She was in a band with Sid Vicious before he joined the Sex Pistols. Her body changed from very thin to very fat. Frank McCourt borrows from Tolstoy when he says he had, "of course, a miserable childhood: the happy childhood is hardly worth your while."

She was raised in Virginia by sophisticated, lettered parents. “Years ago I heard that Abraham Lincoln freed the colored people,” Cobb says, “but it didn’t amount to a hill of beans.” About his white neighbors, he declares, “Any way they could deprive a Negro was a celebration to ’em.” This book is not always easy reading, but it is the real deal, an essential American document. By Emily Temple. $17.00. | $16.99.

Writer Mitch Albom's remembrances of his weekly visits to an old college professor in the last months of his life show the importance of absorbing as much wisdom as you can from the older people in your life — those lessons stick with you forever. The heartbreaking and moving story deals with forgiveness, physical and emotional healing, and the complexities of mother-daughter relationships. Coetzee is one of those novelists who rarely give interviews, and when he does, he’s like the Robert Mueller of the literary world — reticent, discreet and quietly insistent that his books should speak for themselves. The most recently published entry on this list of 50 books, Kiese Laymon’s “Heavy” details the author’s childhood in Mississippi in the 1980s and his relationship with his alternately loving and abusive mother, who raised him on her own.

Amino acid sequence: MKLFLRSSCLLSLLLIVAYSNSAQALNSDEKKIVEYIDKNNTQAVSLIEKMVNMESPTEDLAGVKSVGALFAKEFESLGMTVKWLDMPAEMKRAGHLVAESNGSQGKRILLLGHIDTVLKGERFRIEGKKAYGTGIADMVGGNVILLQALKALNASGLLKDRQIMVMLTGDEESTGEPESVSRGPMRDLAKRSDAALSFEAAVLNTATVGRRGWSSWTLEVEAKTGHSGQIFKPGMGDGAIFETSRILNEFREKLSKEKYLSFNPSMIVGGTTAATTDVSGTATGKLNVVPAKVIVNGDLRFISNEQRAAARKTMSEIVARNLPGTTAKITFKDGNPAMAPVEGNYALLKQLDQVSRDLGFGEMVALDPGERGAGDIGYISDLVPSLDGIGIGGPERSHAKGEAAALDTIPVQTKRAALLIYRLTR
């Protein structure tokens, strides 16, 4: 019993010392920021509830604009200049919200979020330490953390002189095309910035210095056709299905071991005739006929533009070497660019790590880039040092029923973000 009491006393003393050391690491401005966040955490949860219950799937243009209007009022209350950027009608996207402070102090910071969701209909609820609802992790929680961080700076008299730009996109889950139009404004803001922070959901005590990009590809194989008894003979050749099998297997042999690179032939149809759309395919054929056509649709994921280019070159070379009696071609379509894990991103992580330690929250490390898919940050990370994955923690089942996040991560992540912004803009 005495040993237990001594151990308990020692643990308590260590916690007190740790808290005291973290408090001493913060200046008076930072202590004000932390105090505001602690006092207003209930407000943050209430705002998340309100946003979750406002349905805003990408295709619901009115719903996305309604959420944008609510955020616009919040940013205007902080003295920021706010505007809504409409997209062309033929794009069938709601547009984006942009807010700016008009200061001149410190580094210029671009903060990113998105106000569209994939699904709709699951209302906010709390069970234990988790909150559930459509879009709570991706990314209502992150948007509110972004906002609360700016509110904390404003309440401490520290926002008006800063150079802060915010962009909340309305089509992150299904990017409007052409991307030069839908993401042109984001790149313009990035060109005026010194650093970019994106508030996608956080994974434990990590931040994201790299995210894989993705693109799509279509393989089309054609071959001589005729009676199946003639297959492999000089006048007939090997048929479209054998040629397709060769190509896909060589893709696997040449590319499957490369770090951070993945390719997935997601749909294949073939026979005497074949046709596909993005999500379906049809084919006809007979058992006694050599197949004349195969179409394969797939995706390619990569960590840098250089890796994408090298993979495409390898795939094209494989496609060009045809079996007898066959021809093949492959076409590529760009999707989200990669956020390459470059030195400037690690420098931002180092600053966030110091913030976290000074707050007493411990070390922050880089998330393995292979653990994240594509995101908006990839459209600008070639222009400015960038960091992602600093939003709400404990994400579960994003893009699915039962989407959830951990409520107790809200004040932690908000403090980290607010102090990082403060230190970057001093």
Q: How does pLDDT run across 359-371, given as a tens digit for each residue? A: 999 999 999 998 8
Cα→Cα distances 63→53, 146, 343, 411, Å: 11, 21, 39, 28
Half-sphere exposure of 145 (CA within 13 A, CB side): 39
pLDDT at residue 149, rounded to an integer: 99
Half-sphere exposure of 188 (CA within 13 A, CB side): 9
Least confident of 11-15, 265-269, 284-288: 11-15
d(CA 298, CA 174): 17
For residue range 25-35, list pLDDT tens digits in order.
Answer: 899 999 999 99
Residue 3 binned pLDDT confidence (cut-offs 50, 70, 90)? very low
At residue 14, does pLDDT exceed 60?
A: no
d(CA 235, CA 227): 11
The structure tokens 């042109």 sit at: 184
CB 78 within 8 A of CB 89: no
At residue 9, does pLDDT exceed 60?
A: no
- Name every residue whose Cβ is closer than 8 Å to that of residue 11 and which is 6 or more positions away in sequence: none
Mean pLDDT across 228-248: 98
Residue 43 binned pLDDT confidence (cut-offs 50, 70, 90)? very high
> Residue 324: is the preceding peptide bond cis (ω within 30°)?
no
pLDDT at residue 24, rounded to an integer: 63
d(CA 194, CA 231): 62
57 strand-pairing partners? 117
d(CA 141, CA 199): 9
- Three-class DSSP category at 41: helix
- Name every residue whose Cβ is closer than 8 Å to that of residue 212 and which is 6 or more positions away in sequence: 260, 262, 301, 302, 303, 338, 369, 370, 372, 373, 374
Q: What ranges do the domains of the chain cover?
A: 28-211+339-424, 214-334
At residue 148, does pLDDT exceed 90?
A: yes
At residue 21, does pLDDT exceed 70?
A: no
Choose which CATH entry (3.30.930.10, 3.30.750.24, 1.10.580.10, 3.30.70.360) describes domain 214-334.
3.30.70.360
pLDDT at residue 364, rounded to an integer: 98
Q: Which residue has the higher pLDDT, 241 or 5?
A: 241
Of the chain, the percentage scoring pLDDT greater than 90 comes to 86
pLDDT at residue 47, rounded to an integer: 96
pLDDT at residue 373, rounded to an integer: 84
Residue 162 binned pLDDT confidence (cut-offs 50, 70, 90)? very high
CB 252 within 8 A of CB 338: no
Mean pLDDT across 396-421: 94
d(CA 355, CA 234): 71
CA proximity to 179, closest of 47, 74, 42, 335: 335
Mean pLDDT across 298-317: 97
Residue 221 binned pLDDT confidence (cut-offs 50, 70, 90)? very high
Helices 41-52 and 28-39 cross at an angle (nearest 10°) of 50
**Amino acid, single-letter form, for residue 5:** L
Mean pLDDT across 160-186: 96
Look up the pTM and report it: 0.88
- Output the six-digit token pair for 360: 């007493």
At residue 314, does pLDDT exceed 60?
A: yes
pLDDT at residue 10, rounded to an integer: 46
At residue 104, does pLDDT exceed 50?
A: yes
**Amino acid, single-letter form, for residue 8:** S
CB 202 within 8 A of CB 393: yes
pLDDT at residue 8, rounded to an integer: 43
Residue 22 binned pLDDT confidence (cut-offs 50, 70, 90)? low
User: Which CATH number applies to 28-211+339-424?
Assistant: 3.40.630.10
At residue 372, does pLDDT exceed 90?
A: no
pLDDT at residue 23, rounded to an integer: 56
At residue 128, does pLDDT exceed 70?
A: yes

With her younger self often referred to as “a symbolic character for every black girl growing up in America,” Angelou has undoubtedly changed many lives with this book. $9.99 Now 25, he tells his story of survival and the ongoing horror still experienced by child soldiers in this bracing memoir. There is a lot of wit here, and bawdy wordplay, and accounts of long nights spent drinking and smoking. We have no one quite like him over here: Think Johnny Carson combined with Edmund Wilson. Nabokov’s memoir is an account of his childhood and the years before his emigration to the United States in 1940 — but that’s not quite right. But he’s also fighting his own battle of self-invention. The best-selling memoir by the former First Lady of the United States of America and one of the most loved and iconic women of our era. There’s still a startling freshness to the book. Angela’s Ashes, by Frank McCourt Written words that have pushed me to keep going, travel solo and be the woman I am today. Though there are many deeply affecting and wonderful Holocaust memoirs that might have made this list, our favorite will forever be Maus, with its harrowing story wrapped in Spiegelman’s pitch-perfect illustrations. In it, he remembers his Sephardic Jewish family’s experiences living in Alexandria, Egypt and then defeatedly fleeing three generations later. — Jennifer Szalai. Literature has the ability to transform people, and that’s exactly what it did for Azar Nafisi and the seven young women she brought together at her home every week for two years before she left Iran in 1997. The Australian-born critic, poet, memoirist, novelist, travel writer and translator Clive James isn’t as well known in America as he is in England, where he’s lived most of his adult life.